More on Nadal later.
Immediate (mixed, uncut, rather disorganised) thoughts :
1) This is not #GoodForTennis, which benefits from varied styles of play. The WTA is poorer for it, whatever you might have thought of her and whatever difficulties you might have thought she would face in a very different environment from her first career outing.
2) Needless to say, women’s tennis is not in need of saving from anything or anyone. Anyone that saw the WTA tennis on offer this fortnight knows that’s just a loada hooey.
3) Corollary: If a mini-era of Clijsters domination were to happen (not at all certain btw), Justine wouldn’t have been the one to stop it. Sad, but true.
4) There’s been a lot of talk about how she was finding it difficult to re-establish herself in her second career – that’s probably true.
I also think, however, that she was incredibly unlucky.
Since coming back in 2010 she made the finals of Brisbane (losing to Kim), final of Oz (losing to Serena), semis of Miami (losing to Kim), won Stuttgart, made the R16 in RG and won s’Hertogenbosch before suffering that ill-fated fall in the R16 at Wimbledon (again against Kim).
For a player returning after a 20 month outage, those are impressive results.
None of this is to say what coulda-shoulda-woulda been, just that a fair assessment demands recognising what an unfortunately decisive role that torn elbow ligament played in what was, after all, only a smallish 15 month window.
5) Henin’s competitive instinct was legendary – sometimes to her own detriment. This sometimes made her difficult to warm up to (witness vast number of twi-butes beginning with “Never a great fan BUT,…”).
Easy sometimes, though, to lose sight of the fact that tennis players are people first and foremost; and people tend, for the most part, to be built differently. Each to their own of course (she wasn’t my favourite player either), though it’s worth remembering we account for this in life too, do we not?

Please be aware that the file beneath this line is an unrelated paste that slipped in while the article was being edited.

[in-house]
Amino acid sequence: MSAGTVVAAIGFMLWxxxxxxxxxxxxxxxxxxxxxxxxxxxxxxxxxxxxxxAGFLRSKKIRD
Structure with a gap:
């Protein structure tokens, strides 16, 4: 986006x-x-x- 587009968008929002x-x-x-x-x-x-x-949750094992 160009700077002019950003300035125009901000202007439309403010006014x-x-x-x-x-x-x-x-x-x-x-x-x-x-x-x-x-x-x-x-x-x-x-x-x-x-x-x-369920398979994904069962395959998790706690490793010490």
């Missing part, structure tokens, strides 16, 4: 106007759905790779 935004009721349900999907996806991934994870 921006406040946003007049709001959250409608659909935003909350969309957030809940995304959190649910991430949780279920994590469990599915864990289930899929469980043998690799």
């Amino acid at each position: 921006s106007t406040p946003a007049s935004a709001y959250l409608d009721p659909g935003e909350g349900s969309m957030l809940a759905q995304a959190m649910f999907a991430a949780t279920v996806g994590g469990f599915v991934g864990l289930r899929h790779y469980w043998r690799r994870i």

6) Less easy to understand is a prevalent tendency to base an entire character assessment on two of her least finest moments. Both those incidents (no need to reiterate them) were problematic on all sorts of levels.
They were also (both) a very long time ago. Most people I know believe in 2nd chances. They also believe in letting go.
7) All that said and done the decision to retire sounds permanent. Given the medical consultations she has undergone, the fact that she was playing with pain right through Oz and that she would very likely have called it quits at the London Olympics 2012 anyway, that would appear to be the right one.
She was never one to hang around if she felt she couldn’t meet (in this case through a physical ailment) her own very high standards.
8) Just in the last day or so, Dementieva asked to have her name removed from the rankings. Guess that makes it official too.
I was always far more invested in Elena, though any perma-feature of the noughties – and Henin was always far more than that – was always bound to induce at least some wistful reminiscing. It’ll be the same when ARod quits. Oh yes, 2012 will be a bloodbath of retirements.
9) We’ve all mused over and over about her aesthetically-pleasing, feature-rich, multi-dimensional game. Well that’s history now.
I expect Suarez-Navarro will over the coming weeks find her practice sessions frequented by an unusually large number of disillusioned, nostalgic Juju fans, but the truth is, there doesn’t appear (at least for the moment) to be anyone
with a remotely similar style of play.
That’s not always the tragedy it’s drummed up to be – talent has always evolved in different ways and there’s plenty of exciting developments to look forward to – but is still a little sad.
I’ll always remember her for her being one half of her (sometimes contentious) rivalry with Serena Williams – a rivalry that spanned the better part of a decade, a rivalry that was what it was because of both of them.
Best of luck Juju in whatever you do.